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City of Boston Hosts Olympic Swimmers, Kicks Off International Water Safety Day Events

The City of Boston was joined by Olympic swimmers Cullen Jones and Janelle Atkinson to kick off a series of events to raise awareness of International Water Safety Day, an annual day of recognition to bring global awareness about drowning prevention.

The morning reception kicks off two days of events that will include visits to two Boston Public Schools, a technique clinic for youth at the BCYF Flaherty Pool in Roslindale, and a water safety festival and swim lesson at the BCYF Mattahunt Community Center in Mattapan. This series of events is the latest in the City of Boston’s Swim Safe campaign that strives to improve water safety by making swim lessons and water access top priorities. 

Learning to swim is one part of Mayor Wu’s Connect, Learn, Explore, her commitment to the city’s youth to ensure they have the resources and opportunities to thrive and explore their passions. This is an important step to make Boston a home for everyone.

“With summer approaching, our children should be able to experience the joy of being in our water and pools, with their families knowing that they are doing so safely,” said Mayor Michelle Wu. “I am grateful for our community partners that are emphasizing the importance of water safety to ensure that Boston is the most family-friendly city.”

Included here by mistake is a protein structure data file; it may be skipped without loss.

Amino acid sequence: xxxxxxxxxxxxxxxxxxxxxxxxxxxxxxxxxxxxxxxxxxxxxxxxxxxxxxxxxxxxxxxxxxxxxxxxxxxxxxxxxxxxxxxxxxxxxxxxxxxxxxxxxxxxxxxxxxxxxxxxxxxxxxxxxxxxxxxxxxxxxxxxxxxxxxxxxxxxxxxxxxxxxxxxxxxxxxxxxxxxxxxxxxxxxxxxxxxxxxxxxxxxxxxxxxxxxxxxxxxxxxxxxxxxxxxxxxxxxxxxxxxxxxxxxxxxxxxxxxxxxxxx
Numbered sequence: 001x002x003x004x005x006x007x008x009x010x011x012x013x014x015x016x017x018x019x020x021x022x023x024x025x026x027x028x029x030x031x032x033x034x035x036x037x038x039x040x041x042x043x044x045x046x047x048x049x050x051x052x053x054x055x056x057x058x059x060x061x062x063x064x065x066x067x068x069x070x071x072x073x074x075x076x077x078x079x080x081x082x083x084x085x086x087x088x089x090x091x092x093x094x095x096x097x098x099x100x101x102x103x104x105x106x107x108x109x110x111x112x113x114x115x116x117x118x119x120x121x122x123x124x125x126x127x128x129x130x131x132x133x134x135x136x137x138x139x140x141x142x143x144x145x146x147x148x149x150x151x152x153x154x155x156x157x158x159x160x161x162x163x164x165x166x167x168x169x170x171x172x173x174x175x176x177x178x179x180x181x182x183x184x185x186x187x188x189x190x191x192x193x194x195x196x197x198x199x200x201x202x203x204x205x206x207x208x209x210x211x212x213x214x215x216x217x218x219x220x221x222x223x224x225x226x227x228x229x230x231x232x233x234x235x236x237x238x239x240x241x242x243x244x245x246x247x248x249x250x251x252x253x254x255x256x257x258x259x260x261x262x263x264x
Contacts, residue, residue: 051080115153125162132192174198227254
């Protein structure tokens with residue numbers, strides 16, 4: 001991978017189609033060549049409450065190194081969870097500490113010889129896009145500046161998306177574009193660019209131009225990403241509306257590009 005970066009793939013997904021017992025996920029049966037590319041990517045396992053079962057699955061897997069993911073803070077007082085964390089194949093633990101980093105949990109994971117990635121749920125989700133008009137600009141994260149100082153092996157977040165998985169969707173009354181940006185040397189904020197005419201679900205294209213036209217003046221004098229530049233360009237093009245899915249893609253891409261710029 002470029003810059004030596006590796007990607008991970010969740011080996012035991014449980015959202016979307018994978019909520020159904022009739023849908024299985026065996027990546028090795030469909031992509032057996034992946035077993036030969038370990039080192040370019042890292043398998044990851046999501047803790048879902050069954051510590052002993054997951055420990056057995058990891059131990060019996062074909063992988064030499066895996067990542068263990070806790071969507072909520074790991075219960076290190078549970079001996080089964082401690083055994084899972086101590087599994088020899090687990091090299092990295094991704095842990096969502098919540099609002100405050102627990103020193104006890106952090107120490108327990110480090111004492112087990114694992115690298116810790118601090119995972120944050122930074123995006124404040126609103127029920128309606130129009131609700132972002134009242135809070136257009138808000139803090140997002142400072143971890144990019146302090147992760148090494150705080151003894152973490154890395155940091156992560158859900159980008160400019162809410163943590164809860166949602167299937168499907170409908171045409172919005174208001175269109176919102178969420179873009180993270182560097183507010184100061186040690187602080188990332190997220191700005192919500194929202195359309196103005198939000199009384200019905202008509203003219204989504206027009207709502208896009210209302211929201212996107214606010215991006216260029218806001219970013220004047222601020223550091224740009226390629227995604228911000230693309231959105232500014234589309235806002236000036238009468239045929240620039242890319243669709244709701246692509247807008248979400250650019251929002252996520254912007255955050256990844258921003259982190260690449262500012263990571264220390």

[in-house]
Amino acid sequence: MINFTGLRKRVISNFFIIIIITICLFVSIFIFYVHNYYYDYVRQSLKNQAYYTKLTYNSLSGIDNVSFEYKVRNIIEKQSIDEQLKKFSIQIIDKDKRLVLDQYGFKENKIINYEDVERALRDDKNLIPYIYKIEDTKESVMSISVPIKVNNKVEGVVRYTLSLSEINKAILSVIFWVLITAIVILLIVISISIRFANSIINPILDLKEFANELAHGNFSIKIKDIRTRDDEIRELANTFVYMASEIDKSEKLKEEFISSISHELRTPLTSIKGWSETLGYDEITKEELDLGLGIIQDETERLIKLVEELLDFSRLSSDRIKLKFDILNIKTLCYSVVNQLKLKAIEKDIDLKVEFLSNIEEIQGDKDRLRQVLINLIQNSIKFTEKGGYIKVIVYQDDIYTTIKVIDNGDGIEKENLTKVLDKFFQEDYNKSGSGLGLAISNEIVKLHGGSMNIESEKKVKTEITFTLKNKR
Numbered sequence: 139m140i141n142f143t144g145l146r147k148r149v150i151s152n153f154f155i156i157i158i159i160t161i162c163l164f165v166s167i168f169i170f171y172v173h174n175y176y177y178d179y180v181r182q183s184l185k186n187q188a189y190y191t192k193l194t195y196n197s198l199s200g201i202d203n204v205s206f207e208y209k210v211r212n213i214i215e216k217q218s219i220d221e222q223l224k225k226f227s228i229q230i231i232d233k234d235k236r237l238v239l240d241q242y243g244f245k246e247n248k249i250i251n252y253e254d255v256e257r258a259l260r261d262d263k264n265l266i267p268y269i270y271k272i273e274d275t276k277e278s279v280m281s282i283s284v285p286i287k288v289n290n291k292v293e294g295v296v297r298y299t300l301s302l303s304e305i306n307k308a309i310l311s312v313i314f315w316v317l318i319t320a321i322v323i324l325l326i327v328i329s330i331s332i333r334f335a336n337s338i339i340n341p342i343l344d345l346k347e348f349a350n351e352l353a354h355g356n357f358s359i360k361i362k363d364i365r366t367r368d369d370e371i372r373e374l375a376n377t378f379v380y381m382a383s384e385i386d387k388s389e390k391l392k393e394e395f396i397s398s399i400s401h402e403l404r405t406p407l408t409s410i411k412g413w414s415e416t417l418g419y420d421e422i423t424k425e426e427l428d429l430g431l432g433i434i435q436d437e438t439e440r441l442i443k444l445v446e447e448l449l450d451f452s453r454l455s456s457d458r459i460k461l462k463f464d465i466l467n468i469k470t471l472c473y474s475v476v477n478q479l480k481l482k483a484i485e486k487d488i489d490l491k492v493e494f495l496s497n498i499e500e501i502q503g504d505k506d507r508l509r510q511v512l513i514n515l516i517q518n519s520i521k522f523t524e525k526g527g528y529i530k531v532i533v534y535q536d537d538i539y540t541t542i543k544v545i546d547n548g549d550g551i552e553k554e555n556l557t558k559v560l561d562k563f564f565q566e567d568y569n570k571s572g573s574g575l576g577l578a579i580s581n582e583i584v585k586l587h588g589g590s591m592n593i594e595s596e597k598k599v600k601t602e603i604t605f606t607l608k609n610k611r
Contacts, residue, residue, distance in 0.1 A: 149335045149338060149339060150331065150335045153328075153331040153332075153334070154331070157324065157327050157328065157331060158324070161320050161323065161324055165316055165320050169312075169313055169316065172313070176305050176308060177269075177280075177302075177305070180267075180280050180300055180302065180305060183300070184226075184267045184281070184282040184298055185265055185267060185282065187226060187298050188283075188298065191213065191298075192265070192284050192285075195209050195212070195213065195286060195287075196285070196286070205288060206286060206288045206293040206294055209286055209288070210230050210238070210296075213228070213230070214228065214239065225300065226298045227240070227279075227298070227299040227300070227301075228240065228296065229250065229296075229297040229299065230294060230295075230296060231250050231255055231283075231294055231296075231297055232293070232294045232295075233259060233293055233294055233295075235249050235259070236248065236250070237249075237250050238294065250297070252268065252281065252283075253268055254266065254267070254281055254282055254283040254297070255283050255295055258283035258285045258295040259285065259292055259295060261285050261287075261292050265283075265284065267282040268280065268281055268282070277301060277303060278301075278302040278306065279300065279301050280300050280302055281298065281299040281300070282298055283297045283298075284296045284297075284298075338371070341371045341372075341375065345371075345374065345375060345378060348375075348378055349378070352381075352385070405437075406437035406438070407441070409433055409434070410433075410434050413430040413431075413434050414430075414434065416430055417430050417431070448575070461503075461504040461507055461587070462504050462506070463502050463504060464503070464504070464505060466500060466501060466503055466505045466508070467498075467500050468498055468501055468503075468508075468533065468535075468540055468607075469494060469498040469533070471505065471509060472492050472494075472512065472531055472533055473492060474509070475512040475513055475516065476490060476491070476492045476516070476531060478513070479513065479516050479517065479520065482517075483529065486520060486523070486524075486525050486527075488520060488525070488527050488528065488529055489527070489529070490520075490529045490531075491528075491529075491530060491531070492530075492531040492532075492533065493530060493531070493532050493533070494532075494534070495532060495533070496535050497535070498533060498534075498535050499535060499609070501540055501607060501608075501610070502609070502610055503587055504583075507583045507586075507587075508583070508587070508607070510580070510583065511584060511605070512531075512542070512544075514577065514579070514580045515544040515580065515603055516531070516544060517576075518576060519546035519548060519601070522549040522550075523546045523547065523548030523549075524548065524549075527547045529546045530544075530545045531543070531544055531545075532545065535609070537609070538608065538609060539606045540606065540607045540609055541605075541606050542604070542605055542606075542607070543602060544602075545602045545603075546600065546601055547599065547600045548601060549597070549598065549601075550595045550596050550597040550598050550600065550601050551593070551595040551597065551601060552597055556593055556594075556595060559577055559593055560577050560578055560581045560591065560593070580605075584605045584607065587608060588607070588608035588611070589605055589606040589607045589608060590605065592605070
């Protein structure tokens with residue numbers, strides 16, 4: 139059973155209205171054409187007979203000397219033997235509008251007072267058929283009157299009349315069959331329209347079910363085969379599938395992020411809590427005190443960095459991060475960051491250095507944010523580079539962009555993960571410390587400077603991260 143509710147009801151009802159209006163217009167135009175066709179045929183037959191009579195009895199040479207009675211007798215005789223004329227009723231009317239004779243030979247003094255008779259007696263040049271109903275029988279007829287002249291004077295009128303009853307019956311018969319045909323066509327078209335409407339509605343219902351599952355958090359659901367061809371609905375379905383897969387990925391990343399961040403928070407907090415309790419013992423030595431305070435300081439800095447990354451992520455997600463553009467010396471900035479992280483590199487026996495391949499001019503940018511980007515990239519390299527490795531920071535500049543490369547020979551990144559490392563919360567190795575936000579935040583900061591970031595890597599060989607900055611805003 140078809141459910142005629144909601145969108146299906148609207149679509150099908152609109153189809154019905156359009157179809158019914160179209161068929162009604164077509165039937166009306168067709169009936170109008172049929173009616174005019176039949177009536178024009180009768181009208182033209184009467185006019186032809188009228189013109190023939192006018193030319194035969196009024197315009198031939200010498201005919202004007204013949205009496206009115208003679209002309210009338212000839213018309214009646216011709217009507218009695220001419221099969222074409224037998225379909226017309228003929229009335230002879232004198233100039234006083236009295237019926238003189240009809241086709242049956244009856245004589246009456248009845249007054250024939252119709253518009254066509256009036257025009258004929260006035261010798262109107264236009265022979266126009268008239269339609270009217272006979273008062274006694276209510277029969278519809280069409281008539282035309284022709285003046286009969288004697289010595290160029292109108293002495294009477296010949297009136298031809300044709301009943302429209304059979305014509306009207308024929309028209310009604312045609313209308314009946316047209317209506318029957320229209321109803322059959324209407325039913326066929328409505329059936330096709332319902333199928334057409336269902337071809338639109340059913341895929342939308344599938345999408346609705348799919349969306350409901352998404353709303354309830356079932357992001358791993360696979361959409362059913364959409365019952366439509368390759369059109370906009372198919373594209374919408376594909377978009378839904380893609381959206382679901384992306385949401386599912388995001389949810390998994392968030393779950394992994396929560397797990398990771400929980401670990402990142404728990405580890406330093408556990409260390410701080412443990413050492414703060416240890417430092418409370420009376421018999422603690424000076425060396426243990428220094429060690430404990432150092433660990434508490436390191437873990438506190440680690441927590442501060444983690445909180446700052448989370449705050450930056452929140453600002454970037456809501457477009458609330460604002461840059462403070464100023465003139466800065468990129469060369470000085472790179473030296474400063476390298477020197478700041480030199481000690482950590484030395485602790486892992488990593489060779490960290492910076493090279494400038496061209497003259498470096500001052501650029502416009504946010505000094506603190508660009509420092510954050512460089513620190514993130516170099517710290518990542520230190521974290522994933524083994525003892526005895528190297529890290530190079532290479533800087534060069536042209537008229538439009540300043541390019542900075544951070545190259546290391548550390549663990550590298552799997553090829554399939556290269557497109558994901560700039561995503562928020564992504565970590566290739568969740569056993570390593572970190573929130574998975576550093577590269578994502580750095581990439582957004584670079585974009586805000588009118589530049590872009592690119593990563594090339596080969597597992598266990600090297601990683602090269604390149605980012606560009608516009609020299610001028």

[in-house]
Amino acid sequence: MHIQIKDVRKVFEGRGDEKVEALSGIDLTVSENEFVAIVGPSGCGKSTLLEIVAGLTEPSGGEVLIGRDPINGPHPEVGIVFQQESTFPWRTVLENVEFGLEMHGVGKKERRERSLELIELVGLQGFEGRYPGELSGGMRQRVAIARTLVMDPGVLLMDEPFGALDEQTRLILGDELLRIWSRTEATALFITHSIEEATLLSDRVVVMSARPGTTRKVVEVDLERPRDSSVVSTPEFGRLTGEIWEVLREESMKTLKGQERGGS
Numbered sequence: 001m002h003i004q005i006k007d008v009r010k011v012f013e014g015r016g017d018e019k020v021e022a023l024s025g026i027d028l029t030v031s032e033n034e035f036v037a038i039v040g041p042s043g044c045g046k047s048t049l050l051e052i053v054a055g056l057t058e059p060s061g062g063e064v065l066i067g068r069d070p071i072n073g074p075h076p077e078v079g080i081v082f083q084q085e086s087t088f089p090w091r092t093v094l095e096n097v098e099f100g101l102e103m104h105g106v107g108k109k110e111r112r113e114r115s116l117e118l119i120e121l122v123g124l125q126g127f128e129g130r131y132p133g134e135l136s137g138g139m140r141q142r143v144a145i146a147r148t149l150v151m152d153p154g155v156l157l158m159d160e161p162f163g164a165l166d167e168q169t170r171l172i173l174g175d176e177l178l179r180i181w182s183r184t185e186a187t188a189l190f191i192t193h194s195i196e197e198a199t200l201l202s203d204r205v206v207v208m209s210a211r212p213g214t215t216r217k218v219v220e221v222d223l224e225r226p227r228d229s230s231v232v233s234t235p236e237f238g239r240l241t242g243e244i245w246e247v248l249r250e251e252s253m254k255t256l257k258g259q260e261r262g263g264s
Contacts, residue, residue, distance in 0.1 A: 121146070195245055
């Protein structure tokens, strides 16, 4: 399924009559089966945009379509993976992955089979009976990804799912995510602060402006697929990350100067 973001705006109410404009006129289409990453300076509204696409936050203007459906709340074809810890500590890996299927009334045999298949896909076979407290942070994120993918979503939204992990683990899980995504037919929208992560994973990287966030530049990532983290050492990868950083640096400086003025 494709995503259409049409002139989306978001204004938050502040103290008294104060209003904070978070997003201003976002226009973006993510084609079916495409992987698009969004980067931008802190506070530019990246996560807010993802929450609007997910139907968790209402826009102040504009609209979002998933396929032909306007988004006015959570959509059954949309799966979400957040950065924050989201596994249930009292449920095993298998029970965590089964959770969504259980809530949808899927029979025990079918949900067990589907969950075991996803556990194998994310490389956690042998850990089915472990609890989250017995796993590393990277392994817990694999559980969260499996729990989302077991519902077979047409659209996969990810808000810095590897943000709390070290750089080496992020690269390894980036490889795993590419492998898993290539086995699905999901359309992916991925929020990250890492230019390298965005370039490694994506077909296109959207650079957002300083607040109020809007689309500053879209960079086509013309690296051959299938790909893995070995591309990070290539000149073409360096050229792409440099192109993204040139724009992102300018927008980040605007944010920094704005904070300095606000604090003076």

During the event, Olympic swimmers Cullen Jones and Janelle Atkinson McClave shared their experiences of learning to swim and rising to the highest levels of competitive swimming. 

“USA Swimming is proud to help raise awareness of water safety and swimming programs across the country by expanding our community support of International Water Safety Day to four locations,” USA Swimming Managing Director of Sport Development Joel Shinofield said. “As we prepare to name our next Olympic team in June, we are reminded that every athlete starts by first putting their goggles on and learning how to swim.” 

Chief of Human Services José F. Massó unveiled a new City-run water safety public information campaign that will be posted on social media, city billboards, and MBTA bus shelters this summer with the goal of encouraging residents, and especially caregivers of young children, to take steps to keep their children safe around water this summer. The City also announced a new round of grant awards totalling $150,000 to support free lessons at the YMCA of Greater Boston, Boys & Girls Clubs of Boston, West End House, and Dot House Health. 

“We want all families in Boston to have a safe, fun summer,” said José F. Massó, Chief of Human Services. “With the help of our partners, we’re spreading the word about water safety and giving residents the tools they need to keep themselves and their kids safe around water this summer.”